Astronomy: Old galaxies have bars of stars

    Article metrics

    At least 30% of disk-shaped galaxies, including the Milky Way, have a thick line, or 'bar', of stars, dust and gas across their centre. A new study shows that these bars are more common in older galaxies than younger ones, suggesting that they might cause galaxies to age more quickly.

    Credit: SDSS

    Karen Masters at the University of Portsmouth, UK, and her colleagues examined data from 13,665 disk galaxies. The galaxies had already been catalogued by the Galaxy Zoo project, which enlists members of the public to comb through telescope data and classify galaxies. The researchers found that as many as half of redder galaxies — which host only older stars — have bars (pictured, top). By contrast, 80–90% of bluer galaxies — in which stars are currently being born in large numbers — do not (bottom).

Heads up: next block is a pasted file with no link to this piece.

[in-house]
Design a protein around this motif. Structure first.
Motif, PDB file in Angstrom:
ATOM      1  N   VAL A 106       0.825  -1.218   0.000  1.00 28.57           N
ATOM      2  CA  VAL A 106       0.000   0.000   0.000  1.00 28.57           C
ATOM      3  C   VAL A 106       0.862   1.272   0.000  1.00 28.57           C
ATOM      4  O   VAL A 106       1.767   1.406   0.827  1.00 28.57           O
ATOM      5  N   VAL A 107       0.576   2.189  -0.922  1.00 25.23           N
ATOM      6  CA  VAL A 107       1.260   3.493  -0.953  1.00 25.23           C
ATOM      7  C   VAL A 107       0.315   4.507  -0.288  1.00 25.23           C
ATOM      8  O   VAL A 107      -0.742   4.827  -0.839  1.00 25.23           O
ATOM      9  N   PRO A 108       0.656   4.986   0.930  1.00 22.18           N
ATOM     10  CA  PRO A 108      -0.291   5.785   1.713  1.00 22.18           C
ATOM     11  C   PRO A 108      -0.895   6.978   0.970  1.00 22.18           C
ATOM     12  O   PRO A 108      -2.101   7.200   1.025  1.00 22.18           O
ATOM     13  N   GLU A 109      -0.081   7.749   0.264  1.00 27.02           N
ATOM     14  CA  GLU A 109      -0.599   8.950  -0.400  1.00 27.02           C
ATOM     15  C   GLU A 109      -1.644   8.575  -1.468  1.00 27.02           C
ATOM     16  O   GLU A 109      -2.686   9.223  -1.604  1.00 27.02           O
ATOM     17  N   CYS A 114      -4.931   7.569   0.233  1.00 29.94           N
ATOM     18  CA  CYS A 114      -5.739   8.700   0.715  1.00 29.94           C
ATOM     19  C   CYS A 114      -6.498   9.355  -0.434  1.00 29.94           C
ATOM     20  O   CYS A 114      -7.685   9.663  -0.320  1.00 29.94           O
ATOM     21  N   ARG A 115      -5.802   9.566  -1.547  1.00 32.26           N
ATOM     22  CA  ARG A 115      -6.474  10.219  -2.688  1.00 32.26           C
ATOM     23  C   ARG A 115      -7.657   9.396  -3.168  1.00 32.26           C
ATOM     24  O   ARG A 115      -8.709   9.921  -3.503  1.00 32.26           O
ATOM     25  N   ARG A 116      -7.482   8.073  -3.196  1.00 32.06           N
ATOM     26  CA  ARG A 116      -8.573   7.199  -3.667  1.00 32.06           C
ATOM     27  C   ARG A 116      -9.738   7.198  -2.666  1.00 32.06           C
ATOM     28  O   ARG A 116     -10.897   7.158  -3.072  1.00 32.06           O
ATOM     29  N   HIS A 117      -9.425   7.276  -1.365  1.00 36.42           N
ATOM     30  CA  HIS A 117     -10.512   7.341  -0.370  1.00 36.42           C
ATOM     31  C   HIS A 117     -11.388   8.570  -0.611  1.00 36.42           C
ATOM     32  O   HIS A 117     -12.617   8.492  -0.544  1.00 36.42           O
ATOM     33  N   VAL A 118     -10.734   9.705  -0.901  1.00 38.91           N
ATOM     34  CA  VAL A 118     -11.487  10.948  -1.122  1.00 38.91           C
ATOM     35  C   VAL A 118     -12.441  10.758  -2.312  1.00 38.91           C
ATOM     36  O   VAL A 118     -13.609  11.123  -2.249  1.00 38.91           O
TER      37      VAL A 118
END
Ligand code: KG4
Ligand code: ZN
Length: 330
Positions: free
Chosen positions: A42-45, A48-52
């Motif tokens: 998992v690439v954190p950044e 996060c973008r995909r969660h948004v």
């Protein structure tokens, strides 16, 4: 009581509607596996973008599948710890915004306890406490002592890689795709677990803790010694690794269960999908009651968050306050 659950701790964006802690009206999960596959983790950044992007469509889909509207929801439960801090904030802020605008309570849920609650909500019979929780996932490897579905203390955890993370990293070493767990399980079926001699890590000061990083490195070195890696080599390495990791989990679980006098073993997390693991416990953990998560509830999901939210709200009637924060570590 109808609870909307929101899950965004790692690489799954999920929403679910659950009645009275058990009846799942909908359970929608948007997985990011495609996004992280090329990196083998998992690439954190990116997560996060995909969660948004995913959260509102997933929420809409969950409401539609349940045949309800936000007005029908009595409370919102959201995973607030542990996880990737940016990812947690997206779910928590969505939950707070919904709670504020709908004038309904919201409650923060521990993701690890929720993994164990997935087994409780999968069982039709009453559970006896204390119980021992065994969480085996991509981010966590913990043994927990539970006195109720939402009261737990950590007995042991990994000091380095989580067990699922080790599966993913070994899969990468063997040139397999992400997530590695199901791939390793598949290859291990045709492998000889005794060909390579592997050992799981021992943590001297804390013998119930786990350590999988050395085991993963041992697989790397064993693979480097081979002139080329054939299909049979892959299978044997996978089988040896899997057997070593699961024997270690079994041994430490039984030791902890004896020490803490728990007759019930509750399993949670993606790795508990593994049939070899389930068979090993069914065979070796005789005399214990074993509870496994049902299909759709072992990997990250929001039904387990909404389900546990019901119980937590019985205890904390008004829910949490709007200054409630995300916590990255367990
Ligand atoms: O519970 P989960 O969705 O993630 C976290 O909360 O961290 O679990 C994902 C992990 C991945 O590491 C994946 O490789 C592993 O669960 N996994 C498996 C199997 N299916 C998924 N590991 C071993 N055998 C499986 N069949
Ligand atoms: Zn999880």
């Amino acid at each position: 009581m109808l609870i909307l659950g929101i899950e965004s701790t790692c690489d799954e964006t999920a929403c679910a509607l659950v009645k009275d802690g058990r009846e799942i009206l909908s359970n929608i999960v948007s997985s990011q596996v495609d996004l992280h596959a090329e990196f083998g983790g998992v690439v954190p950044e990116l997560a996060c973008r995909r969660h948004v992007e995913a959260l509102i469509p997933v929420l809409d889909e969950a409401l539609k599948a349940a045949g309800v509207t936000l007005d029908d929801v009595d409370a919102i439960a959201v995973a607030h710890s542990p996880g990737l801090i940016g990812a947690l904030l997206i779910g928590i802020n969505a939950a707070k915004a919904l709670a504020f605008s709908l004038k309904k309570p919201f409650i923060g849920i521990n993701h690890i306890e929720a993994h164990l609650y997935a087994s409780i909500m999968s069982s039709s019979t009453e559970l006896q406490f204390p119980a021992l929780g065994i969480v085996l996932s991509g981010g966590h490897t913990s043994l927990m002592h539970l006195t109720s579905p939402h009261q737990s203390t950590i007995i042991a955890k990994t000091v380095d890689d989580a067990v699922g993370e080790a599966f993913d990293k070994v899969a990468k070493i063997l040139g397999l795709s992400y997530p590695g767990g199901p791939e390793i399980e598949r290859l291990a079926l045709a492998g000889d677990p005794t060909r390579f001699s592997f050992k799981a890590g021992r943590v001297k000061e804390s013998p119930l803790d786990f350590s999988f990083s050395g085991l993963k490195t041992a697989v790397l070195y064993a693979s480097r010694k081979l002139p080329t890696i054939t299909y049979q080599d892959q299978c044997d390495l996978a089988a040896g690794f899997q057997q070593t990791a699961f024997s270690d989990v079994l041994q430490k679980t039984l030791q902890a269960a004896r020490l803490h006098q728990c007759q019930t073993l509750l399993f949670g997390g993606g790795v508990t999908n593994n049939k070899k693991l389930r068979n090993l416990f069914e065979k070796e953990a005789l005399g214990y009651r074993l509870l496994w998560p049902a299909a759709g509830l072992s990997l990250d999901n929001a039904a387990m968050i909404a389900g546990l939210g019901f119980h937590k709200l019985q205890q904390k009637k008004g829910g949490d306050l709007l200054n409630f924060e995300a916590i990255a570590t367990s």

Mon. Not. R. Astron. Soc. doi:10.1111/j.1365-2966.2010.17834.x (2010)

    Rights and permissions

    Reprints and Permissions

    About this article

    Cite this article

    Astronomy: Old galaxies have bars of stars. Nature 468, 348 (2010) doi:10.1038/468348b

    Download citation

    Comments

    By submitting a comment you agree to abide by our Terms and Community Guidelines. If you find something abusive or that does not comply with our terms or guidelines please flag it as inappropriate.